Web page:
Section (1) Personal Freedom
Detentions without trials
Methods of Detention without Trial In Light of the State of Emergency in Syria
Torture and humiliating treatment of detainees
Torture of Political Prisoners
Types of torture and mistreatment reported to Amnesty International Organization
Arresting detainees’ families as hostages
Disappearance of Detainees
Section (1) Personal Freedom
Personal freedom means a person can personally act to safeguard his dignity and existence, and is not subject to humiliation aimed at him personally or at his feelings. Personal freedom also means recognition of dignity inherent in the overall existence of the human family members and their permanent human rights. The introduction to the World Declaration on Human Rights maintains that “recognition of the dignity inherent in the overall members of the human family and their constant equal rights constitutes the basis for freedom, justice, and peace in the world”.
The above mentioned declaration provides “for every individual’s right to life, freedom, and personal security”.
The right to freedom is one of the basic human rights which is advocated by all international documents, namely Article (9) of the World Declaration on Human Rights and Article (9) of the International Agreement on Civil and Political Human Rights.
There is a rule emanating from this right and that is the impermissibility of detaining any person without a judicial judgement and that there is a need to treat detainees in a humanitarian manner.
Article (28) of the Syrian Constitution asserted the following:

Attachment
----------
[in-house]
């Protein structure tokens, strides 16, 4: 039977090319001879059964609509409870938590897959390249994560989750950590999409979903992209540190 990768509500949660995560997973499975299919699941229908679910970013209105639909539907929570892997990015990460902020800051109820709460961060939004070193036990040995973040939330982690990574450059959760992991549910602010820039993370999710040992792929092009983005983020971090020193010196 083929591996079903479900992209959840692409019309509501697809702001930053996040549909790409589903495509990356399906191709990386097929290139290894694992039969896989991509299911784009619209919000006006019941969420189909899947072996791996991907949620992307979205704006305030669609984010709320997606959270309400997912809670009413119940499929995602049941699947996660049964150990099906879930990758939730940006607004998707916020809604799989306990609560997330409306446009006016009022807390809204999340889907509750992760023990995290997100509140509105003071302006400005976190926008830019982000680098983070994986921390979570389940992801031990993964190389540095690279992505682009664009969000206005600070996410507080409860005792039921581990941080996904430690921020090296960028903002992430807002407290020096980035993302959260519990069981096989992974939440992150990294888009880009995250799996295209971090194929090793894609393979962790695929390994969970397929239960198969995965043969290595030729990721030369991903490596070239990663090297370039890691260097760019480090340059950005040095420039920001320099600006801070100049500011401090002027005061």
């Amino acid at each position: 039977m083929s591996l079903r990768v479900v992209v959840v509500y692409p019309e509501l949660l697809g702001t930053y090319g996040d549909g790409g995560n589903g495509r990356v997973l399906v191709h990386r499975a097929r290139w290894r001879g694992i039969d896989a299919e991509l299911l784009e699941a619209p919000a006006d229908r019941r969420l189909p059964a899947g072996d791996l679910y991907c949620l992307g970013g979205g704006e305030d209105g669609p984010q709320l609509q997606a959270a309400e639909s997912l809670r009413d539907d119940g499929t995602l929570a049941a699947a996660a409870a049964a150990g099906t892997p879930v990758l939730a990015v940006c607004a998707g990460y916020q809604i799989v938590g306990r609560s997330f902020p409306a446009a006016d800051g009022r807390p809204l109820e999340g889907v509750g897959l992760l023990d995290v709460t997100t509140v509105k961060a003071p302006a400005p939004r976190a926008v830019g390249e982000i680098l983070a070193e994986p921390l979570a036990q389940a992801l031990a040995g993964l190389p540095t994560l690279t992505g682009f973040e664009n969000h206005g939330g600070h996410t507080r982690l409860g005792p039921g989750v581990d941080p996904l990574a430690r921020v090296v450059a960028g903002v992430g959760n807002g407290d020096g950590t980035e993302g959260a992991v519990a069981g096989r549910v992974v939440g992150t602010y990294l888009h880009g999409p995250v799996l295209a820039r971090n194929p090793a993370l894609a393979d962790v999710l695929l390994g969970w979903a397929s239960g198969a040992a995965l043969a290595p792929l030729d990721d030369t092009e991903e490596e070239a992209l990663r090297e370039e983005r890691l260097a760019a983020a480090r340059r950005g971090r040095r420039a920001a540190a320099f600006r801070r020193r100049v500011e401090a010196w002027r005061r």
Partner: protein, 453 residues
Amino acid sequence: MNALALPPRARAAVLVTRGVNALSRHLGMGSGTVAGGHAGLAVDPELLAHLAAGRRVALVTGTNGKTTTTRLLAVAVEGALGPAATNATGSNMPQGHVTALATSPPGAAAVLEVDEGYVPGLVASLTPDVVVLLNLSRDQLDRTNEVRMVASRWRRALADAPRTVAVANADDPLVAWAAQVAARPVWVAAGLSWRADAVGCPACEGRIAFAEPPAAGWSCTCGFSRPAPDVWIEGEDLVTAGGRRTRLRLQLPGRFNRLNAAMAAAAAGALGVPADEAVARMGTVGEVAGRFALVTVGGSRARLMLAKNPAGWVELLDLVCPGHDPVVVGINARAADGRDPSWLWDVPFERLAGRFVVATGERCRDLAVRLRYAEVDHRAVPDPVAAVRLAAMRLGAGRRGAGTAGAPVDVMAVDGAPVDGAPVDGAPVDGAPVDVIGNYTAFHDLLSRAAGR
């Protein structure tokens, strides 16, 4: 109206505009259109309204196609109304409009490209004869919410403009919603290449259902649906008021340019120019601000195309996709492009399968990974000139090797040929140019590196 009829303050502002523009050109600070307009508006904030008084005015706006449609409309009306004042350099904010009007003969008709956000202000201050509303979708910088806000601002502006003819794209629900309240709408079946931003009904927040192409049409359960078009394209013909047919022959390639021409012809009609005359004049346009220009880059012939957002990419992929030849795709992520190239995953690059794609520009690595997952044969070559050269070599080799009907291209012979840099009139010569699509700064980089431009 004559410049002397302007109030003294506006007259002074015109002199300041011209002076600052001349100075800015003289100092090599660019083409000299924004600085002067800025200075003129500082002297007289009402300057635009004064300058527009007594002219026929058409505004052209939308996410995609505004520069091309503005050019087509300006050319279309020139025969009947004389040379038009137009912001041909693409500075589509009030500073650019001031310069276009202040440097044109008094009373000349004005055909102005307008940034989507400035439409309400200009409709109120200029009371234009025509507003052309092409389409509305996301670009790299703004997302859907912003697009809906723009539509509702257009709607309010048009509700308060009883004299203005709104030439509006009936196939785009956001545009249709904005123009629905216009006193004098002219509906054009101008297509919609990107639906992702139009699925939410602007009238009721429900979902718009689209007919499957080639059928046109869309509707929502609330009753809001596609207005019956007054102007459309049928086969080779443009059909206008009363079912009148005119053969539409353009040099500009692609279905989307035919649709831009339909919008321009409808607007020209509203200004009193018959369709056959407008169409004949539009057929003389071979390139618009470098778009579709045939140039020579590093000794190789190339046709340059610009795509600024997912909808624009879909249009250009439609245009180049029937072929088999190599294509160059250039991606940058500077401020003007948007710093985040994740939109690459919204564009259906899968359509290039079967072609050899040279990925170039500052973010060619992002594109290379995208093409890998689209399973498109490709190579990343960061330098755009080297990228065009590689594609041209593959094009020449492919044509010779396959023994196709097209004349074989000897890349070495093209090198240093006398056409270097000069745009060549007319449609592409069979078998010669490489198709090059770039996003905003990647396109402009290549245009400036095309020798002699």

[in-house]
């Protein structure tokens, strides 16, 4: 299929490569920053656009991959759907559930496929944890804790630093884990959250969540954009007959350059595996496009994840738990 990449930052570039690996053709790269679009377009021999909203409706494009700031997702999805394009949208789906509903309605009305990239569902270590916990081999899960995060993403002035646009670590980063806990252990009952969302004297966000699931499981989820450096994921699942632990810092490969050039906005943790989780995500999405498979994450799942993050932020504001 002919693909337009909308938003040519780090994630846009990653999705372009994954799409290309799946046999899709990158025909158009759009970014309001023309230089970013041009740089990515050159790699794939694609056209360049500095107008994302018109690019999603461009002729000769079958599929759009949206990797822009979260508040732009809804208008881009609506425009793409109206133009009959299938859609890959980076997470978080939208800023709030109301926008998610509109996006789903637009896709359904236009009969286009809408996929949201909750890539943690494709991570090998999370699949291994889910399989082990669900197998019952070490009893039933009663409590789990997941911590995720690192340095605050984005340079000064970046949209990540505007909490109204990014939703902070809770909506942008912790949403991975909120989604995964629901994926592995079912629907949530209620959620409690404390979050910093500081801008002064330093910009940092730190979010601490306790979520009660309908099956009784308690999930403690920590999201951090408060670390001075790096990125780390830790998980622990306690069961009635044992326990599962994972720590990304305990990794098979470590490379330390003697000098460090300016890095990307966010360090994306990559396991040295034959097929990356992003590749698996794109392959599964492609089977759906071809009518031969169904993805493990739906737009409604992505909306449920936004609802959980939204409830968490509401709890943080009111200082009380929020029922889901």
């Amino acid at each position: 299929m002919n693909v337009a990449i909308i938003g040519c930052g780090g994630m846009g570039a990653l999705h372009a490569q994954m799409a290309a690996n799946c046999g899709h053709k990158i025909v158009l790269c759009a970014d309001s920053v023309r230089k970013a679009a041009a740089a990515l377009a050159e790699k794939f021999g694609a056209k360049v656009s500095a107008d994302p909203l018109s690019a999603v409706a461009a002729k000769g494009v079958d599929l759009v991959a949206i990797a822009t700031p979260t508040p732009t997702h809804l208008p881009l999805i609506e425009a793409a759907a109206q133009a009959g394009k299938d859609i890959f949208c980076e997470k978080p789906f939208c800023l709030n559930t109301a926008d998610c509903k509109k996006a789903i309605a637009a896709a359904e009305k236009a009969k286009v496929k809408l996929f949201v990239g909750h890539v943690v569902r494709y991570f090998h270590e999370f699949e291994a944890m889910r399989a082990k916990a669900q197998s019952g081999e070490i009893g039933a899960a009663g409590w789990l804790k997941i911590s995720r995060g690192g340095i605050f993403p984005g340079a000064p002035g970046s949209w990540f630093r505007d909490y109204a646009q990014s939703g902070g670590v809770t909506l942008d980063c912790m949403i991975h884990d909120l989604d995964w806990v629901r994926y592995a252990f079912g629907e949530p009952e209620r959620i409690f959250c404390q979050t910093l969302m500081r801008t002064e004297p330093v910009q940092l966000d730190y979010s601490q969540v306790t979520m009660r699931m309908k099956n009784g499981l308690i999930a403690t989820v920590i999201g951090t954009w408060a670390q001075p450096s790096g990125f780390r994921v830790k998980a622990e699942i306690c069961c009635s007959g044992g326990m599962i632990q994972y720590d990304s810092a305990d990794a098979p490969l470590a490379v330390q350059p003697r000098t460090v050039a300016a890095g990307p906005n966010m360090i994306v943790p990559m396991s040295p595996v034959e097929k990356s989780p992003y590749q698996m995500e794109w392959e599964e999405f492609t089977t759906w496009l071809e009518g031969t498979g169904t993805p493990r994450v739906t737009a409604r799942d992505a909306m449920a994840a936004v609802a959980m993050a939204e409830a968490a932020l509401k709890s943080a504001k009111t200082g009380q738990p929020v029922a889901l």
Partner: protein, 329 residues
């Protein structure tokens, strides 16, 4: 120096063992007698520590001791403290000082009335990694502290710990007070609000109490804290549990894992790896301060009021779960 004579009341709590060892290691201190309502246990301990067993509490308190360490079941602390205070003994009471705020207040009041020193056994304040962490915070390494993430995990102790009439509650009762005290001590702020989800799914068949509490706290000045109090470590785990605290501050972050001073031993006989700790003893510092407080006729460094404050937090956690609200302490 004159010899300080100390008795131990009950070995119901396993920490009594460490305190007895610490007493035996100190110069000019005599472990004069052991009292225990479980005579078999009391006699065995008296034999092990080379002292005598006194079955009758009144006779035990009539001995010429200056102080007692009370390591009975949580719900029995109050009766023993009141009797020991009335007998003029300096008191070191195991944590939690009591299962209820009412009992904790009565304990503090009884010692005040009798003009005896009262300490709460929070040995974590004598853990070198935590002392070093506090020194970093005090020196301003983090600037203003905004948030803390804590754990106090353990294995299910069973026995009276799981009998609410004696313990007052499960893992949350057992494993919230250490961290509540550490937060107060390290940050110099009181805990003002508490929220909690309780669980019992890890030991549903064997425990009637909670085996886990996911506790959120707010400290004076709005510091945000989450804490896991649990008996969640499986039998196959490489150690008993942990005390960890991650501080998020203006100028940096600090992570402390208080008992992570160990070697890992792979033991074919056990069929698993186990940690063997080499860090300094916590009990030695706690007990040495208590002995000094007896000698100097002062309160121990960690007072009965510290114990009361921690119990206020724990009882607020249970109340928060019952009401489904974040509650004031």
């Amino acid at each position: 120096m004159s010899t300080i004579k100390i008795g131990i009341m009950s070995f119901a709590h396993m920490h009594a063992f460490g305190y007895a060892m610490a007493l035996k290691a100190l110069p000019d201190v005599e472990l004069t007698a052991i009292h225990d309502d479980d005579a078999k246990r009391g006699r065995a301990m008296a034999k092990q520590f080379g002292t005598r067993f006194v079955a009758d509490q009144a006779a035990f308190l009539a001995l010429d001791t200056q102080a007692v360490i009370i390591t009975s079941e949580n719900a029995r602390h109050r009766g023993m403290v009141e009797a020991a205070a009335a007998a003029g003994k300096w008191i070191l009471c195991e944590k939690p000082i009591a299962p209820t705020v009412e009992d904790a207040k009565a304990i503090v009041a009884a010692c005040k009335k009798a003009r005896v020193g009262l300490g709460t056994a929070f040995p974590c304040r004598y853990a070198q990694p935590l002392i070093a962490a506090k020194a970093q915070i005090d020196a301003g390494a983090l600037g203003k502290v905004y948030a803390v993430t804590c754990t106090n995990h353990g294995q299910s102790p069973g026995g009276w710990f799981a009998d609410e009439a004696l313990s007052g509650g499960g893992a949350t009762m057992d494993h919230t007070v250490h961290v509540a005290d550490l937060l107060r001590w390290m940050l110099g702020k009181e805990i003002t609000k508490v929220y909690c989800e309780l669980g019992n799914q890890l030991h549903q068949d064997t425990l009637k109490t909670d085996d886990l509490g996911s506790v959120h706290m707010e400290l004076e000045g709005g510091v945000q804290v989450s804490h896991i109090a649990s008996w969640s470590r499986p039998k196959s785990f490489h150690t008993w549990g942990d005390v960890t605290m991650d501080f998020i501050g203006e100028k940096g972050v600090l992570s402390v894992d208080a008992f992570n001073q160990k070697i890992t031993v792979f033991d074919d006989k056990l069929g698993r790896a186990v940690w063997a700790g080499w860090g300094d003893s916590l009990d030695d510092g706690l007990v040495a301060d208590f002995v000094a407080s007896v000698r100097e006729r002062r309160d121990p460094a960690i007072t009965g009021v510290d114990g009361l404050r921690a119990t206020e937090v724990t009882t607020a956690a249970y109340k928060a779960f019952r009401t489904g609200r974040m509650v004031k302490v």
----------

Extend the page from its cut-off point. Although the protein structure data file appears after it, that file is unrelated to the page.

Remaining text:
Every indicted person remains innocent unless condemned according to a final judicial ruling.
It is impermissible to interrogate or detain anyone unless it is done according to law.
It is impermissible to inflict physical or moral torture or humiliating treatment against anyone. Penalty against perpetrators will be determined by law.
The right to litigation, refutation, and defense before a Court of Law is guaranteed by Law.
Article (9) of the International Agreement on Civil and Political Rights stipulated the following:
“Every individual has the right to freedom and personal integrity. It is impermissible to arrest or detain anyone coercively, or deprive anyone of his/her freedom unless it is done according to Law and in line with the measures established therein. So, are these articles of Law applied in Syria? And what are the methods of detention in Syria in light of the State of Emergency?”
1. Detentions without trials
We have indicated in Chapter (1) of this book that an obvious feature of the human rights situation in Syria is the application of repressive laws. We have also provided a full explanation of the Emergency Law as well as the State of Emergency declared in Syria since 8th March 1963. As detention was carried out according to the rules and regulations of this Law, it has been necessary to inform the reader of the way citizens in Syria were detained in line with the Law underlying the State of Emergency and the already established procedures in this regard.
Methods of Detention without Trial In Light of the State of Emergency in Syria
During discussions of the first item on the agenda related to repressive laws, participants were informed of the State of Emergency’s impact on human rights, especially in terms of violating the principle that detention without trial is impermissible!!
This section has demonstrated the methods used in detentions without trial within the framework of the State of Emergency in Syria.
The present application of the Emergency Law has not only led to concentrating authorities in the hands of the Prime Minister or the Interior Minister, but also turned the Martial Ruler Department into a secret conspiratorial legislative institution which can order anyone to do or stop doing anything contrary to any judicial legislation or ruling. In order to introduce the reader to some de facto details of the way citizens are detained in Syria according to the State of Emergency and the practices perpetrated to this effect, and in order to make our study objective, we will present the following important details:
A. Methods of Detention Orders
One. The authority which orders detention and methods of detention orders.